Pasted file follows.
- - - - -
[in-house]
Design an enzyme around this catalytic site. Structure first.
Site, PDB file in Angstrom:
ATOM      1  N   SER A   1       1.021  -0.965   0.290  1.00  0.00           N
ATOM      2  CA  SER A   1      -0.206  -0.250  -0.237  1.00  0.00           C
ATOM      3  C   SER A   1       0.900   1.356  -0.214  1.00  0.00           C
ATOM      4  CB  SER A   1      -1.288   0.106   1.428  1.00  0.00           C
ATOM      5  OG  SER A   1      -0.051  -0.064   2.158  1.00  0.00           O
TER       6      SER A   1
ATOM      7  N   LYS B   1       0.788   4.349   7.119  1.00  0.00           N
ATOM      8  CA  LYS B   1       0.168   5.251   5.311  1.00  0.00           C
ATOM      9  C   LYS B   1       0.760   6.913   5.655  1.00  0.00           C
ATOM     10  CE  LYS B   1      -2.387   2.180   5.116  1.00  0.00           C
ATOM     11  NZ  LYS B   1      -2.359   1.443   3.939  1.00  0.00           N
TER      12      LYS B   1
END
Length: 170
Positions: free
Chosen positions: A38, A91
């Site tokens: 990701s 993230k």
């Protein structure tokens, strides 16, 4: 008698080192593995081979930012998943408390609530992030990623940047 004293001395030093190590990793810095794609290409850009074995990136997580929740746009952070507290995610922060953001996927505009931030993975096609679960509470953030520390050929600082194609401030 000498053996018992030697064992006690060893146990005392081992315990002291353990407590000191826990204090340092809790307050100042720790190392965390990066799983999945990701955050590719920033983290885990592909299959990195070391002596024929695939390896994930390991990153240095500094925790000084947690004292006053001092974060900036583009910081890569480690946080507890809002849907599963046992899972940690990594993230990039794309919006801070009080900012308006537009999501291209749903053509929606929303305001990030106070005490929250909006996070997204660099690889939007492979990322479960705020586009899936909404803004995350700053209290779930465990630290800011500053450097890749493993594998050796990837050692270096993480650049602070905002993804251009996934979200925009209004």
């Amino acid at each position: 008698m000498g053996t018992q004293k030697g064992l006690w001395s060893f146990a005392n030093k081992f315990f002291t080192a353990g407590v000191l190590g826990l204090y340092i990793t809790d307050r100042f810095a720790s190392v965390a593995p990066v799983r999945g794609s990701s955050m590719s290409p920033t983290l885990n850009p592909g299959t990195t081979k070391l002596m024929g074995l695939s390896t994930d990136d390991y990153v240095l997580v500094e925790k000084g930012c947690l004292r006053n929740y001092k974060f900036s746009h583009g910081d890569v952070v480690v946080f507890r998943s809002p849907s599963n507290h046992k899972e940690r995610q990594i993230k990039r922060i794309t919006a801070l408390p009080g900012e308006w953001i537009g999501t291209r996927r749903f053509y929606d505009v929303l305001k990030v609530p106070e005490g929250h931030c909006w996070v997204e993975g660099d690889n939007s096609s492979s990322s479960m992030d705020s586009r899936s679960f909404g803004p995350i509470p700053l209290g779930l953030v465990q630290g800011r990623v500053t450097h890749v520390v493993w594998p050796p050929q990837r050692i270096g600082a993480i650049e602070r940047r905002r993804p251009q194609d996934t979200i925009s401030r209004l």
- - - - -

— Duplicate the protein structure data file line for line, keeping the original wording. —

[in-house]
Design an enzyme around this catalytic site. Structure first.
Site, PDB file in Angstrom:
ATOM      1  N   SER A   1       1.021  -0.965   0.290  1.00  0.00           N
ATOM      2  CA  SER A   1      -0.206  -0.250  -0.237  1.00  0.00           C
ATOM      3  C   SER A   1       0.900   1.356  -0.214  1.00  0.00           C
ATOM      4  CB  SER A   1      -1.288   0.106   1.428  1.00  0.00           C
ATOM      5  OG  SER A   1      -0.051  -0.064   2.158  1.00  0.00           O
TER       6      SER A   1
ATOM      7  N   LYS B   1       0.788   4.349   7.119  1.00  0.00           N
ATOM      8  CA  LYS B   1       0.168   5.251   5.311  1.00  0.00           C
ATOM      9  C   LYS B   1       0.760   6.913   5.655  1.00  0.00           C
ATOM     10  CE  LYS B   1      -2.387   2.180   5.116  1.00  0.00           C
ATOM     11  NZ  LYS B   1      -2.359   1.443   3.939  1.00  0.00           N
TER      12      LYS B   1
END
Length: 170
Positions: free
Chosen positions: A38, A91
């Site tokens: 990701s 993230k």
């Protein structure tokens, strides 16, 4: 008698080192593995081979930012998943408390609530992030990623940047 004293001395030093190590990793810095794609290409850009074995990136997580929740746009952070507290995610922060953001996927505009931030993975096609679960509470953030520390050929600082194609401030 000498053996018992030697064992006690060893146990005392081992315990002291353990407590000191826990204090340092809790307050100042720790190392965390990066799983999945990701955050590719920033983290885990592909299959990195070391002596024929695939390896994930390991990153240095500094925790000084947690004292006053001092974060900036583009910081890569480690946080507890809002849907599963046992899972940690990594993230990039794309919006801070009080900012308006537009999501291209749903053509929606929303305001990030106070005490929250909006996070997204660099690889939007492979990322479960705020586009899936909404803004995350700053209290779930465990630290800011500053450097890749493993594998050796990837050692270096993480650049602070905002993804251009996934979200925009209004």
């Amino acid at each position: 008698m000498g053996t018992q004293k030697g064992l006690w001395s060893f146990a005392n030093k081992f315990f002291t080192a353990g407590v000191l190590g826990l204090y340092i990793t809790d307050r100042f810095a720790s190392v965390a593995p990066v799983r999945g794609s990701s955050m590719s290409p920033t983290l885990n850009p592909g299959t990195t081979k070391l002596m024929g074995l695939s390896t994930d990136d390991y990153v240095l997580v500094e925790k000084g930012c947690l004292r006053n929740y001092k974060f900036s746009h583009g910081d890569v952070v480690v946080f507890r998943s809002p849907s599963n507290h046992k899972e940690r995610q990594i993230k990039r922060i794309t919006a801070l408390p009080g900012e308006w953001i537009g999501t291209r996927r749903f053509y929606d505009v929303l305001k990030v609530p106070e005490g929250h931030c909006w996070v997204e993975g660099d690889n939007s096609s492979s990322s479960m992030d705020s586009r899936s679960f909404g803004p995350i509470p700053l209290g779930l953030v465990q630290g800011r990623v500053t450097h890749v520390v493993w594998p050796p050929q990837r050692i270096g600082a993480i650049e602070r940047r905002r993804p251009q194609d996934t979200i925009s401030r209004l």